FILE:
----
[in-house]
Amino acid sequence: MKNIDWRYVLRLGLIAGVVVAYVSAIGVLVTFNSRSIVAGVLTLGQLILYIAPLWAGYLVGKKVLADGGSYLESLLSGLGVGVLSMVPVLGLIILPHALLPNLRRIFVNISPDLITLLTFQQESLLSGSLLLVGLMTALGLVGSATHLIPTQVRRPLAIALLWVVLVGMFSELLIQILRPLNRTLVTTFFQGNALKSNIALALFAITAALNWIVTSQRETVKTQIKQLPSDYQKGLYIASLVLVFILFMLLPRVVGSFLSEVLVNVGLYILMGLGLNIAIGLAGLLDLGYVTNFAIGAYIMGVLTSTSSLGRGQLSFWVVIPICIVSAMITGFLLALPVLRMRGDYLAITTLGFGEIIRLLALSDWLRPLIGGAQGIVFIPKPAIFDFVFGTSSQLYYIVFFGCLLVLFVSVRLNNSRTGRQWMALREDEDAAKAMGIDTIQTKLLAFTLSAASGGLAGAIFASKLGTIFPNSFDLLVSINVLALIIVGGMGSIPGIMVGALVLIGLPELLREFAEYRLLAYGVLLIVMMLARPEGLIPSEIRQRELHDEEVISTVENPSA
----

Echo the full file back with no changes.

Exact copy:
[in-house]
Amino acid sequence: MKNIDWRYVLRLGLIAGVVVAYVSAIGVLVTFNSRSIVAGVLTLGQLILYIAPLWAGYLVGKKVLADGGSYLESLLSGLGVGVLSMVPVLGLIILPHALLPNLRRIFVNISPDLITLLTFQQESLLSGSLLLVGLMTALGLVGSATHLIPTQVRRPLAIALLWVVLVGMFSELLIQILRPLNRTLVTTFFQGNALKSNIALALFAITAALNWIVTSQRETVKTQIKQLPSDYQKGLYIASLVLVFILFMLLPRVVGSFLSEVLVNVGLYILMGLGLNIAIGLAGLLDLGYVTNFAIGAYIMGVLTSTSSLGRGQLSFWVVIPICIVSAMITGFLLALPVLRMRGDYLAITTLGFGEIIRLLALSDWLRPLIGGAQGIVFIPKPAIFDFVFGTSSQLYYIVFFGCLLVLFVSVRLNNSRTGRQWMALREDEDAAKAMGIDTIQTKLLAFTLSAASGGLAGAIFASKLGTIFPNSFDLLVSINVLALIIVGGMGSIPGIMVGALVLIGLPELLREFAEYRLLAYGVLLIVMMLARPEGLIPSEIRQRELHDEEVISTVENPSA